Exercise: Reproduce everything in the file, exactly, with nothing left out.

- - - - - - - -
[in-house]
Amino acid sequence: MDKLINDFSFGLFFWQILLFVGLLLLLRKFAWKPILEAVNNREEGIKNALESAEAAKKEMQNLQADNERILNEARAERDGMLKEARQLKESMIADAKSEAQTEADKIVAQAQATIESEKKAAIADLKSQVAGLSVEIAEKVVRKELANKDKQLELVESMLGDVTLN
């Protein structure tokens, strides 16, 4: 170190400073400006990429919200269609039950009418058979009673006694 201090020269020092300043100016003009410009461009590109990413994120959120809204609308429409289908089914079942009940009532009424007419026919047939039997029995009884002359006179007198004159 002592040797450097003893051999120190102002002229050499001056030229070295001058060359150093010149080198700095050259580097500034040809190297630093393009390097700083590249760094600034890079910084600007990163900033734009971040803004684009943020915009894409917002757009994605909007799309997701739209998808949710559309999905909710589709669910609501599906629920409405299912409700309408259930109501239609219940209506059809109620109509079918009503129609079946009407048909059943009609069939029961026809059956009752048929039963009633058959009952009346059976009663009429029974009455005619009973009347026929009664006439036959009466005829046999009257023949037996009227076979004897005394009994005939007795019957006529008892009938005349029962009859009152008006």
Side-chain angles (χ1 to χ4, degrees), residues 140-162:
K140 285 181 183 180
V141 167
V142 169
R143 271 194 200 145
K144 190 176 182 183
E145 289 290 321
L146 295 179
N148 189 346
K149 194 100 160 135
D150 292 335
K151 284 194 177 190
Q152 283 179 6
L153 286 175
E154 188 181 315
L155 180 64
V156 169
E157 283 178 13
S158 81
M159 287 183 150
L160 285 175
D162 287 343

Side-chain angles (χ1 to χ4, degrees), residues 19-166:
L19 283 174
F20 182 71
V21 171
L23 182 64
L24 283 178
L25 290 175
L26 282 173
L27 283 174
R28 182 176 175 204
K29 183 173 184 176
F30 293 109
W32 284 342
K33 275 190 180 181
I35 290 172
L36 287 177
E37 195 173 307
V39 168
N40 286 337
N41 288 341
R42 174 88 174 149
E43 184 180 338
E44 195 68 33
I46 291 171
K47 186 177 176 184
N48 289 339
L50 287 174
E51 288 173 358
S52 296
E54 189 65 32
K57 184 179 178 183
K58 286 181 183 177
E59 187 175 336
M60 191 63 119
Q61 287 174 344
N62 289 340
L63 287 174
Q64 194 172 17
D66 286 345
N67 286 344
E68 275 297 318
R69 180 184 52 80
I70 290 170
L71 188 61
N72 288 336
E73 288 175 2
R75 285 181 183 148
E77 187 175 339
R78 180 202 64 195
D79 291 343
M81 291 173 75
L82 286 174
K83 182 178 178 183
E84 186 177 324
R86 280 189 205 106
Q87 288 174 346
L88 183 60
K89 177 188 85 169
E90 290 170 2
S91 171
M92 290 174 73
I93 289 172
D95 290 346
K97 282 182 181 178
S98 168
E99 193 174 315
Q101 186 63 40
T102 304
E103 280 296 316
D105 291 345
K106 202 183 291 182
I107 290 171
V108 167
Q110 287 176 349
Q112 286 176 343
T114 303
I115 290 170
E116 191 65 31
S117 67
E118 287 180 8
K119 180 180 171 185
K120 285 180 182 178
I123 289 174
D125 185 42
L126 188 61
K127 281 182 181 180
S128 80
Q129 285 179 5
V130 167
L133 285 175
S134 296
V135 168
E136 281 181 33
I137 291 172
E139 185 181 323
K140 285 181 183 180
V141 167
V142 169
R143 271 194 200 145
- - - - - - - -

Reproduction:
[in-house]
Amino acid sequence: MDKLINDFSFGLFFWQILLFVGLLLLLRKFAWKPILEAVNNREEGIKNALESAEAAKKEMQNLQADNERILNEARAERDGMLKEARQLKESMIADAKSEAQTEADKIVAQAQATIESEKKAAIADLKSQVAGLSVEIAEKVVRKELANKDKQLELVESMLGDVTLN
């Protein structure tokens, strides 16, 4: 170190400073400006990429919200269609039950009418058979009673006694 201090020269020092300043100016003009410009461009590109990413994120959120809204609308429409289908089914079942009940009532009424007419026919047939039997029995009884002359006179007198004159 002592040797450097003893051999120190102002002229050499001056030229070295001058060359150093010149080198700095050259580097500034040809190297630093393009390097700083590249760094600034890079910084600007990163900033734009971040803004684009943020915009894409917002757009994605909007799309997701739209998808949710559309999905909710589709669910609501599906629920409405299912409700309408259930109501239609219940209506059809109620109509079918009503129609079946009407048909059943009609069939029961026809059956009752048929039963009633058959009952009346059976009663009429029974009455005619009973009347026929009664006439036959009466005829046999009257023949037996009227076979004897005394009994005939007795019957006529008892009938005349029962009859009152008006």
Side-chain angles (χ1 to χ4, degrees), residues 140-162:
K140 285 181 183 180
V141 167
V142 169
R143 271 194 200 145
K144 190 176 182 183
E145 289 290 321
L146 295 179
N148 189 346
K149 194 100 160 135
D150 292 335
K151 284 194 177 190
Q152 283 179 6
L153 286 175
E154 188 181 315
L155 180 64
V156 169
E157 283 178 13
S158 81
M159 287 183 150
L160 285 175
D162 287 343

Side-chain angles (χ1 to χ4, degrees), residues 19-166:
L19 283 174
F20 182 71
V21 171
L23 182 64
L24 283 178
L25 290 175
L26 282 173
L27 283 174
R28 182 176 175 204
K29 183 173 184 176
F30 293 109
W32 284 342
K33 275 190 180 181
I35 290 172
L36 287 177
E37 195 173 307
V39 168
N40 286 337
N41 288 341
R42 174 88 174 149
E43 184 180 338
E44 195 68 33
I46 291 171
K47 186 177 176 184
N48 289 339
L50 287 174
E51 288 173 358
S52 296
E54 189 65 32
K57 184 179 178 183
K58 286 181 183 177
E59 187 175 336
M60 191 63 119
Q61 287 174 344
N62 289 340
L63 287 174
Q64 194 172 17
D66 286 345
N67 286 344
E68 275 297 318
R69 180 184 52 80
I70 290 170
L71 188 61
N72 288 336
E73 288 175 2
R75 285 181 183 148
E77 187 175 339
R78 180 202 64 195
D79 291 343
M81 291 173 75
L82 286 174
K83 182 178 178 183
E84 186 177 324
R86 280 189 205 106
Q87 288 174 346
L88 183 60
K89 177 188 85 169
E90 290 170 2
S91 171
M92 290 174 73
I93 289 172
D95 290 346
K97 282 182 181 178
S98 168
E99 193 174 315
Q101 186 63 40
T102 304
E103 280 296 316
D105 291 345
K106 202 183 291 182
I107 290 171
V108 167
Q110 287 176 349
Q112 286 176 343
T114 303
I115 290 170
E116 191 65 31
S117 67
E118 287 180 8
K119 180 180 171 185
K120 285 180 182 178
I123 289 174
D125 185 42
L126 188 61
K127 281 182 181 180
S128 80
Q129 285 179 5
V130 167
L133 285 175
S134 296
V135 168
E136 281 181 33
I137 291 172
E139 185 181 323
K140 285 181 183 180
V141 167
V142 169
R143 271 194 200 145